Since wind energy projects can be sited on 10 to 80 acres per megawatt (MW) of installed capacity,[15] an understanding of the land use and ownership of your development's location is an important step. Large community wind projects can be sited on land owned by multiple individuals; thus it is vital to engage surrounding property owners to determine general attitudes regarding wind energy, whether or not they would like to be involved in the project, as well as current and planned use of the property.

photo of a large wind turbine

Illinois Rural Electric Cooperative (IREC) is the owner and power purchaser of this 1.65-MW Vestas turbine in Pike County, Illinois. Photo from Illinois Rural Electric Coop., NREL 14377.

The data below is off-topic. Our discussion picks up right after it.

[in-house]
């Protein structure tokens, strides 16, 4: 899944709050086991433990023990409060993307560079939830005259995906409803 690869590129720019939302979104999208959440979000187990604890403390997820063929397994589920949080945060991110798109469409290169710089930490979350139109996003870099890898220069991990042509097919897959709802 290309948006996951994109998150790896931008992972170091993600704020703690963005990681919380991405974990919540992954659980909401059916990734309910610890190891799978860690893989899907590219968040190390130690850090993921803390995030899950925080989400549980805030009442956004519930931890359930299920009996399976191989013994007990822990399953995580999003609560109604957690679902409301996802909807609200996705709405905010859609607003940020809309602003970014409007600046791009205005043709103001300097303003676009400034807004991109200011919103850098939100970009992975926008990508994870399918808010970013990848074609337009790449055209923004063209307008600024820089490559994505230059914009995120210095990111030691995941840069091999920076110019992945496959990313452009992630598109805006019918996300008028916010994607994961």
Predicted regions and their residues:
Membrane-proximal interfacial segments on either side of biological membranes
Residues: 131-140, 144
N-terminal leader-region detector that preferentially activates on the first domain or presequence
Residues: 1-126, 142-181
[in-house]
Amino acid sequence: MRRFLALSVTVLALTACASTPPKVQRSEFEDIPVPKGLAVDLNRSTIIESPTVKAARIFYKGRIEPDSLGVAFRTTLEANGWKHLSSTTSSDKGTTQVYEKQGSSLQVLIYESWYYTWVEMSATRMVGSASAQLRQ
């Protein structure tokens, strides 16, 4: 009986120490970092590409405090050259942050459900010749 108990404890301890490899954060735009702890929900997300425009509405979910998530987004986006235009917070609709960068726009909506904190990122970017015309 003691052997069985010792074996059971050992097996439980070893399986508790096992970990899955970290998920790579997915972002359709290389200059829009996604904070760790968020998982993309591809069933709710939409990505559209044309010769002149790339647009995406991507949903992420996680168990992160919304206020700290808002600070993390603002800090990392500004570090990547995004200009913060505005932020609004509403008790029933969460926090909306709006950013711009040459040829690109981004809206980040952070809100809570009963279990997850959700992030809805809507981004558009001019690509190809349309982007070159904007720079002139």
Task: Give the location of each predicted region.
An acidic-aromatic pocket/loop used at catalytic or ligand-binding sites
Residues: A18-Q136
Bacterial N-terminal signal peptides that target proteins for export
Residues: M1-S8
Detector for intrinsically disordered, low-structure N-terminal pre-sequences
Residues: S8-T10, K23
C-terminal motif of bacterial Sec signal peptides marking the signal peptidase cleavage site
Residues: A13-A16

Land lease payments (a.k.a. royalty payments, operational payments, or land use fees) can be one of the largest operations and maintenance costs in a project's operational pro forma.[16] It is important to understand the concerns related to securing land leases based on what the project can afford to pay while providing investors an attractive return on investment. Securing these land rights will require time and effort, and it is important to enlist legal guidance to ensure that state and local laws are followed and that the property owners' rights are respected throughout the process. Attorneys will also ensure that land agreements provide sufficient rights to permit the development, construction, operations and maintenance, and decommissioning of your large community wind project.[17]